China are to deploy nuclear submarines to the Pacific Ocean for the very first time, in a move that risks escalating an arms race with the U.S.
Chinese military officials are refusing to comment, but it is thought they were left with no choice after the U.S. expanded its missile defence operation in the disputed South China islands region.
The report comes days after U.S. President Barack Obama announced that he had lifted a decades-long arms embargo against Vietnam. Chinese officials publicly praised the move, but an opinion piece in a state-run newspaper warned that any attempt to enlist Vietnam in an effort to contain China “bodes ill for regional peace and stability, as it would further complicate the situation in the South China Sea, and risk turning the region into a tinderbox of conflicts.”
U.S. Secretary of State John Kerry responded Monday by saying that it was China’s actions in the South and East China Seas that could create a tinderbox.
“I would caution China to not unilaterally move to engage in reclamation activities and militarization of islands,” he said.
The Pentagon says China has reclaimed more than 3,200 acres of land in the South China Sea and is developing and building military installations on the manmade islands.
As a consequence, the U.S. and Vietnam have steadily strengthened their relationship in recent years, in line with growing Vietnamese concern over Chinese moves to assert its maritime claims.
Despite China and Vietnam being Communist countries, clashes in 1988 over their conflicting claims in the South China Sea killed dozens of people. The tensions reared again in 2014, when China parked an oil rig off Vietnam’s central coast, sparking confrontations at sea and deadly anti-China riots in Vietnam.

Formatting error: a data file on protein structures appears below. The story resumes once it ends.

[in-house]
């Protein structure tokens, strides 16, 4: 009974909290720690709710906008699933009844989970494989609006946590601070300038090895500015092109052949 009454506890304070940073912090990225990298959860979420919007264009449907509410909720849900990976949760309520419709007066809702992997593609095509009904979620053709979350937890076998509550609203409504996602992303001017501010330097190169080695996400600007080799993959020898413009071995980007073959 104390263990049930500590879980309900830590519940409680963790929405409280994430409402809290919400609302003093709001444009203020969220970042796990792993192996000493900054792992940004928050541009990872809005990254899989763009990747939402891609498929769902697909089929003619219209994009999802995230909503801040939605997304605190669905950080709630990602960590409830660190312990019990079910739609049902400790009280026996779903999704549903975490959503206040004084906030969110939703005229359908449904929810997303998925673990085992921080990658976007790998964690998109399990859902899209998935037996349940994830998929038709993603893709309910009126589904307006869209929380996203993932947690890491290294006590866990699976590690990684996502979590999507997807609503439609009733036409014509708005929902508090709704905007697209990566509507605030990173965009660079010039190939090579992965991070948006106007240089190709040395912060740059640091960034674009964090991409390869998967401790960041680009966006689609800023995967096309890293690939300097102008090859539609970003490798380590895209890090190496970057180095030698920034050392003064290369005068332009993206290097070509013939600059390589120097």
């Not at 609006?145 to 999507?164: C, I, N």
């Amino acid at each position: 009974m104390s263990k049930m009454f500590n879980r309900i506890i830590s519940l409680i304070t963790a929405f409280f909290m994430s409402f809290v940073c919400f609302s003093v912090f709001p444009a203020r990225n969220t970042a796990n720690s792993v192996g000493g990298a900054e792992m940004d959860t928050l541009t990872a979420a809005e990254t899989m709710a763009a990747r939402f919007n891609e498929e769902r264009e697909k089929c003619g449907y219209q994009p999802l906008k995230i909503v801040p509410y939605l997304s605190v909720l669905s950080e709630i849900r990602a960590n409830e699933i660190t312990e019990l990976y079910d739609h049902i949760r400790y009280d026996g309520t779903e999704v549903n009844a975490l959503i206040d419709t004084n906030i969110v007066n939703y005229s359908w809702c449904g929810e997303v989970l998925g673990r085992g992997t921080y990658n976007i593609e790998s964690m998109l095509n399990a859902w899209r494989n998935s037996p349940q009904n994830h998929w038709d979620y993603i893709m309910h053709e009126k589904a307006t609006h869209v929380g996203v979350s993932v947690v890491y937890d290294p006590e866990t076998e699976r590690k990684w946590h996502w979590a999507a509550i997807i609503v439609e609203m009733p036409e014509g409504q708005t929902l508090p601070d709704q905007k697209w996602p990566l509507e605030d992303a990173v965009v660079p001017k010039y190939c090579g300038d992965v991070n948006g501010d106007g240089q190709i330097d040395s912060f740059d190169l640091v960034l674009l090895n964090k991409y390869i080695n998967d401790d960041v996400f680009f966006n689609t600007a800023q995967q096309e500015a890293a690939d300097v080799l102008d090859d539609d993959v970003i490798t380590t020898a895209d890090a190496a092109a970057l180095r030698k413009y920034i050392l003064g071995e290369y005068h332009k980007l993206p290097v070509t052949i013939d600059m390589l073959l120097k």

Last week, the Pentagon said two Chinese fighter jets flew within about 50 feet of a U.S. Navy reconnaissance plane in what was termed an “unsafe intercept.”
China responded by demanding that the U.S. end surveillance patrols around the South China Sea, with a foreign ministry spokesman claiming that such missions “seriously endanger Chinese maritime security.”
Earlier this month, a U.S. Navy destroyer sailed within 12 miles of China’s Fiery Cross reef, an artificial island made after months of dredging operations. It was the third time the Navy sailed a warship close to a contested Chinese island in what the Pentagon calls “freedom of navigation” operations. Beijing responded by scrambling fighter jets to show its displeasure.
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